To the editor,

The bias of Dave Mandl’s review of Progressive Rock Reconsidered (“Classical Gas,” February 1) was evident from the get-go. Which is fine–he’s entitled to his opinion–but he could have at least read the book a little more carefully.

Mandl constantly allows his opinions to get in the way of the facts. By claiming that “the big-name prog bands tended to prefer the work of 19th-century romantic composers and middlebrow household names like Mussorgsky and Brahms,” he typically paints an entire musical genre with too broad a brush. This is like saying that because the Beatles listened to a little Stockhausen, all of the British Invasion bands (from Gerry & the Pacemakers to Herman’s Hermits) were influenced by electronic music. (A short survey of prog bands with influences ranging from medieval music to free jazz is found on page 11 of my introduction, which Mandl really should find the time to read.) Even where prog musicians were influenced by jazz, Mandl gets it wrong. When he writes that prog “demonstrates all the complex time signatures the band knows, like a Renaissance painting displaying all the sitter’s possessions,” I wonder if the same couldn’t be said about Dave Brubeck’s “Blue Rondo a la Turk.” Why isn’t Brubeck ever pictured as pretentious or “bourgeois,” and why is it so wrong for a rock group to be influenced by someone like Brubeck?

John Sheinbaum’s chapter in the book is not a “hand-wringing defense” of prog as “high art” but instead demonstrates that prog doesn’t neatly fit into either of the conventional “high” or “low” categories. “High” and “low” elements are regularly played off each other. (Incidentally, the critical theorist Theodor Adorno laid out a particularly scathing–and insightful–analysis of popular music’s properties back in the 1940s. Progressive rock is about the only style of popular music that cannot be neatly pigeonholed into Adorno’s theory–a point insightfully made by DePaul’s own Bill Martin, who describes prog as a “popular avant-garde.” Maybe Mandl should read some Adorno.)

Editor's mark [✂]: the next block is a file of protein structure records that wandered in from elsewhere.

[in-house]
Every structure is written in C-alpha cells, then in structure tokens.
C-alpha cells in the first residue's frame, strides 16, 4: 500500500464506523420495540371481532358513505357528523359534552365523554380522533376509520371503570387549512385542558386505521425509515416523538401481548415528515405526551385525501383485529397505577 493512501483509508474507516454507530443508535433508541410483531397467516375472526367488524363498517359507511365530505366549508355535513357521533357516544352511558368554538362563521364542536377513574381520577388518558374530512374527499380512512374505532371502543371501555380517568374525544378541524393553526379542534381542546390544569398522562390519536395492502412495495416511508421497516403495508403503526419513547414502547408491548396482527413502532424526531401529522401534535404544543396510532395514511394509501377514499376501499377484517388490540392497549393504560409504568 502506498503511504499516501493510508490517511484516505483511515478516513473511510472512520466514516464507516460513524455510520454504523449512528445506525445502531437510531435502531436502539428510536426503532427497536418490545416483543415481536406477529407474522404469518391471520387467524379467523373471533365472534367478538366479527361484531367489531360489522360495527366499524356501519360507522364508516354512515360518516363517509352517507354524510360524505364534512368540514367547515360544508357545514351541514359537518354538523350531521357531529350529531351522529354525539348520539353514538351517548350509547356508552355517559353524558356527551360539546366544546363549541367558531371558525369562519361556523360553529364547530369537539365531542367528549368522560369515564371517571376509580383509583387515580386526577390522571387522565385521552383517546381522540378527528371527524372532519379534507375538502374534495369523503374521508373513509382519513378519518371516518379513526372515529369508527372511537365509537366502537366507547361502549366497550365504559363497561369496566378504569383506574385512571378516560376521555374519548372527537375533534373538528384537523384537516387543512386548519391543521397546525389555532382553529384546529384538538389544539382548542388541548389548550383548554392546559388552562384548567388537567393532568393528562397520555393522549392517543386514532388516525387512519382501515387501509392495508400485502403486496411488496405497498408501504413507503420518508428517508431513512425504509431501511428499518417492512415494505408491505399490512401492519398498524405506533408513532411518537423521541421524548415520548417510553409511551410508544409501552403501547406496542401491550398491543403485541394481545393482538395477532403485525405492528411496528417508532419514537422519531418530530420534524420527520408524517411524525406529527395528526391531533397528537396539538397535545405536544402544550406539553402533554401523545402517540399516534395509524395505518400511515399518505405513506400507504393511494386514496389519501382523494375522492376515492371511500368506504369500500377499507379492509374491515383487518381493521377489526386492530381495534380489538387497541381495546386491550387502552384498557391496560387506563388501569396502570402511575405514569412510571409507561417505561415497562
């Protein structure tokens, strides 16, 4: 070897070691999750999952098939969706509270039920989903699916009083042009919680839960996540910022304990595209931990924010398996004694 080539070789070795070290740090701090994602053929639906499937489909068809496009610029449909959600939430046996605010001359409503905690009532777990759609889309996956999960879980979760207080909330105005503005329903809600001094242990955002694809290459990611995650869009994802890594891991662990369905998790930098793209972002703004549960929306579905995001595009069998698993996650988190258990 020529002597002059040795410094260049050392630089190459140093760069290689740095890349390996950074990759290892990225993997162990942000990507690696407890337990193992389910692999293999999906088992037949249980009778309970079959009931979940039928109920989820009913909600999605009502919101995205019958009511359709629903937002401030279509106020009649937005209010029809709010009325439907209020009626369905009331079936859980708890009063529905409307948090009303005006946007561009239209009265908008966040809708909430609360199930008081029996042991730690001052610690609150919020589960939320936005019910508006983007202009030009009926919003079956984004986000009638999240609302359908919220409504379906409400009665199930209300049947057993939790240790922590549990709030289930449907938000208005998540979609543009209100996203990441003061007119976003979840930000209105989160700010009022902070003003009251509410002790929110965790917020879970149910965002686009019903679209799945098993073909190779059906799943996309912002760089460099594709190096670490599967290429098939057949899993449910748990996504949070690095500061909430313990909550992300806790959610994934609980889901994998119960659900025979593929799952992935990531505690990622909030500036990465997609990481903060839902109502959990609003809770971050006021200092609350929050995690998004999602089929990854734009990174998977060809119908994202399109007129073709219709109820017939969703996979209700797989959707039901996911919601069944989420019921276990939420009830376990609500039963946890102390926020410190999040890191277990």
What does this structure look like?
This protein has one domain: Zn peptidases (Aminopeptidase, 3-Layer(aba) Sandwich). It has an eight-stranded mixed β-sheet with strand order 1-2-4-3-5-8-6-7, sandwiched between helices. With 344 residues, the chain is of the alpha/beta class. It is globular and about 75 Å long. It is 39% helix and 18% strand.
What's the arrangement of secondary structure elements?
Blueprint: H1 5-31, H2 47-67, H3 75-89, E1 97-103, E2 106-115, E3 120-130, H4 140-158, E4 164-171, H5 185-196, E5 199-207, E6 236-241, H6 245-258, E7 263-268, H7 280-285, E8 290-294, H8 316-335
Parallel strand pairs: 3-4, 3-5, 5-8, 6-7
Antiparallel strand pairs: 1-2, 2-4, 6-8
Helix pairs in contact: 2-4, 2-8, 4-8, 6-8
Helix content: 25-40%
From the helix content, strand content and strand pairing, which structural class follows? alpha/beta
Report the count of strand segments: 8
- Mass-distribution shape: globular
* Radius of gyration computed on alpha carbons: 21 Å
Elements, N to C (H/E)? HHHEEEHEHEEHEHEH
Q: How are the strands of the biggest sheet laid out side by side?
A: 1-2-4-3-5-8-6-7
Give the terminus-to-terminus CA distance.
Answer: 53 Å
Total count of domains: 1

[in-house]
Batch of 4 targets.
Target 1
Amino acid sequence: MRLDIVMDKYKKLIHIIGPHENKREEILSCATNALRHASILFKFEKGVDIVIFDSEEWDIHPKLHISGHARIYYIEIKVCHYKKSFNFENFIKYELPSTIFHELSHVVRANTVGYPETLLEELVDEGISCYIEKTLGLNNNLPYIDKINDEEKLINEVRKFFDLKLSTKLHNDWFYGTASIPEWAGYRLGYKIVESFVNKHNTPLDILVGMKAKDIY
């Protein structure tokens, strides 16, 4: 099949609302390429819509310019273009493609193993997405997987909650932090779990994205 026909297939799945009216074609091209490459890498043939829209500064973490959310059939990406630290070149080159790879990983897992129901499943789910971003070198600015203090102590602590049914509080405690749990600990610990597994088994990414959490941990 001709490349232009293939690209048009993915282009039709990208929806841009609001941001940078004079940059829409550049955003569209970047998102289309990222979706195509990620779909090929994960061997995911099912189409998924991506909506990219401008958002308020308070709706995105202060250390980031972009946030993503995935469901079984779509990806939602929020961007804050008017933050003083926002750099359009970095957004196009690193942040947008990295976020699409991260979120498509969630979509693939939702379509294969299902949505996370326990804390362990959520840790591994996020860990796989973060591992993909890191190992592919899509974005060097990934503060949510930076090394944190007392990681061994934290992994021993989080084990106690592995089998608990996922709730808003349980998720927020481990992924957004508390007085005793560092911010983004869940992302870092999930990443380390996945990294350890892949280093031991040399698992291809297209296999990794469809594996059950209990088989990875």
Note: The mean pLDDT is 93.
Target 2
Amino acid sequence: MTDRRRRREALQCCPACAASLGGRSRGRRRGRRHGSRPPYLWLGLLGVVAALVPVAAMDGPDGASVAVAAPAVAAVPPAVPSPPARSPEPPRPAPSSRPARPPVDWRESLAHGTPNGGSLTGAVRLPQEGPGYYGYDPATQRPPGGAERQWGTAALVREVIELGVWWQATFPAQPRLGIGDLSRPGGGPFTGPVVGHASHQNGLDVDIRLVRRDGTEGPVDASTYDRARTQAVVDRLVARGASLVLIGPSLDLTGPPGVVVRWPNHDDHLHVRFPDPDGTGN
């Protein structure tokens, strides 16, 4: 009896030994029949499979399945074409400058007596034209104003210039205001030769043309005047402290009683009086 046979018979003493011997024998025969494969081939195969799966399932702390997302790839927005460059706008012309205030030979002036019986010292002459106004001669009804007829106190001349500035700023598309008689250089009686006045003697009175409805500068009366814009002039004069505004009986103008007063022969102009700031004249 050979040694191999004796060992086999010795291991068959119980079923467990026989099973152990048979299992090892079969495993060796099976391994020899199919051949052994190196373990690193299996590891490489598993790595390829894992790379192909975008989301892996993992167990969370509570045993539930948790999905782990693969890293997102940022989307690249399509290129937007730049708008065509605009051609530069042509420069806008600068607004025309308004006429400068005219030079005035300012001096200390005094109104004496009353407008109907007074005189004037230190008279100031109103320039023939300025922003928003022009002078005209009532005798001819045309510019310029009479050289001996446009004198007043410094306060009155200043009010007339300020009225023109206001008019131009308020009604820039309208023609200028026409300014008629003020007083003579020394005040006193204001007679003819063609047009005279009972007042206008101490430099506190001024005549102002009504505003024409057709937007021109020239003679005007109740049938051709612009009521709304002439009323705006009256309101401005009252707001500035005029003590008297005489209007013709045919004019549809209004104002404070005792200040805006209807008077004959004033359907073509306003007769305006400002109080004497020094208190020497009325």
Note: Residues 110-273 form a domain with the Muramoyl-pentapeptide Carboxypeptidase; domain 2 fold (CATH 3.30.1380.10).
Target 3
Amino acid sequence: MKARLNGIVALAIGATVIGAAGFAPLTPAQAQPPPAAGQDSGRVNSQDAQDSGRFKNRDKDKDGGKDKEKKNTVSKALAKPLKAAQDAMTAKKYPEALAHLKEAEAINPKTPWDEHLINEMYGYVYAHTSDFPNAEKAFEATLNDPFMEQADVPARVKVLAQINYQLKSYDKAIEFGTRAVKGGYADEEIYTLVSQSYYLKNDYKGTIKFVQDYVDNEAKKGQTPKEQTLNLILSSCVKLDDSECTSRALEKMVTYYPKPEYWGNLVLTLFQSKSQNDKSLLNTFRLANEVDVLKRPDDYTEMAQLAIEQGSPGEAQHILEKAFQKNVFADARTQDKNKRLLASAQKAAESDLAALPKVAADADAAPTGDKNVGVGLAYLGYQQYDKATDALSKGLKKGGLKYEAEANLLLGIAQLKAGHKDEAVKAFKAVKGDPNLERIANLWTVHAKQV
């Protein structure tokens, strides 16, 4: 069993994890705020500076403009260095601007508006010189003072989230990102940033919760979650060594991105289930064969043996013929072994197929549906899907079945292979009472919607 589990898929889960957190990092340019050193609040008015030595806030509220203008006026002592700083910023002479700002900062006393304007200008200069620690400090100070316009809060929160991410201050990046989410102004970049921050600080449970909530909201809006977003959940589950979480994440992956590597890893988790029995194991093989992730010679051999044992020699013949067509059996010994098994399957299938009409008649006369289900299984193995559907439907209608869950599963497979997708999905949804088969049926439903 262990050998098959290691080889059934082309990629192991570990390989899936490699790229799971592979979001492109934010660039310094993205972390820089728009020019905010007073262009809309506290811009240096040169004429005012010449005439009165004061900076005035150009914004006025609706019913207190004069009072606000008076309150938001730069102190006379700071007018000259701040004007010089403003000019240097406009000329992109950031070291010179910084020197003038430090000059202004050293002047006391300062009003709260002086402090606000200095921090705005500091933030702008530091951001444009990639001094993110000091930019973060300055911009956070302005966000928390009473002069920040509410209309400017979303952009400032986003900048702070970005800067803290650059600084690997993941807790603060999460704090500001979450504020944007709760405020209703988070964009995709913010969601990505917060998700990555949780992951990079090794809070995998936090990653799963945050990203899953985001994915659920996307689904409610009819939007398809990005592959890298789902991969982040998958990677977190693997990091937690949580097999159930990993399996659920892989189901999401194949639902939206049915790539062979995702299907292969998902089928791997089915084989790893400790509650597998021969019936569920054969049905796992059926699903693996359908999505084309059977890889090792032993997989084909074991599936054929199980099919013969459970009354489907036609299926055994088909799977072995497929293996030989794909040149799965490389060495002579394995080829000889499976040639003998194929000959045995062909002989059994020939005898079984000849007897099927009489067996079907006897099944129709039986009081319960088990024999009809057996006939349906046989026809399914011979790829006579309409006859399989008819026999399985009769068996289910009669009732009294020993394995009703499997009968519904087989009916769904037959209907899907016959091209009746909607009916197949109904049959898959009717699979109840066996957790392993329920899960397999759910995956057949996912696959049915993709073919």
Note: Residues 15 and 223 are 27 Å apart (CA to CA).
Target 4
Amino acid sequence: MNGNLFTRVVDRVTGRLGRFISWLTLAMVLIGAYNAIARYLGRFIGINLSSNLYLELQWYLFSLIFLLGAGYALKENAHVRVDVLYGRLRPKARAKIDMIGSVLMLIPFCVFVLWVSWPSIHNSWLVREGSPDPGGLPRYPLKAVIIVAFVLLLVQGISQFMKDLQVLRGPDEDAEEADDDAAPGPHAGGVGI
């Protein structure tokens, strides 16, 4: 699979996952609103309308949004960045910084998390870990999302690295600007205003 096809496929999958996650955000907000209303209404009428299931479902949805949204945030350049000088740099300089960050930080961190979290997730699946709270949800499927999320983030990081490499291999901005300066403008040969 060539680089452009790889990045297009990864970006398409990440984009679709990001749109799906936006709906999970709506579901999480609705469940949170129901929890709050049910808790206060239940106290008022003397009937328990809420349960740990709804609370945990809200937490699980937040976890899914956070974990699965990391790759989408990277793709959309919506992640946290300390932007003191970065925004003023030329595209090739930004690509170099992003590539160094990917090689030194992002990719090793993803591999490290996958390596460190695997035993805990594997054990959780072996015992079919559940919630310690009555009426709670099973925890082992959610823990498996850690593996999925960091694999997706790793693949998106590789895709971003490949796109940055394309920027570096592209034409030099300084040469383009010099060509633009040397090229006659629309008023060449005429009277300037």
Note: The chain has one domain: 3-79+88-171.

Mandl also writes that prog musicians were “not so much members of the cultured elite as middle-class types who had outgrown ‘common’ blues-based rock, vastly improved their chops, and read a few books.” He should read Edward Macan’s Rocking the Classics to learn just how upper-class many of these musicians really were. It’s also disingenuous to snigger at prog’s so-called elitism while describing Kansas as having “unsophisticated accents” and a “proximity to the farm.” Similarly, Mandl’s contention that “back in the mid-70s, kids used to argue about which drummer was fastest, [and] which keyboardist had studied at the Royal Academy…” is cute but false. This sounds more like the activities of statistics-obsessed baseball fans–and while it may describe the conversations of prog fans in the Chicago area during one of the Cubbies’ bad seasons, it certainly doesn’t sound like the experience of any fan I know.

Finally, arguing that “the end product, not the process, is what counts in rock” is a post-1976 music-industry party line if there ever was one. All sorts of recent research–from Albin Zak’s Poetics of Rock to Walter Everett’s two-volume study The Beatles as Musicians, not to mention shows like VH1’s Behind the Music–clearly show that the process was the thing in the 1960s and early 1970s. And musical notation was (is!) used more than pseudo-populist critics would care to admit.

In short, the critics never got progressive rock, and never will. Don’t expect Mandl’s insights to be as fresh as those offered by the writers of Progressive Rock Reconsidered, not all of whom are “musicologists,” by the way. Strip away the 25-cent words of his review, and his overarching argument often reads just like Lester Bangs on a codeine bender.

Kevin Holm-Hudson

Lexington, Kentucky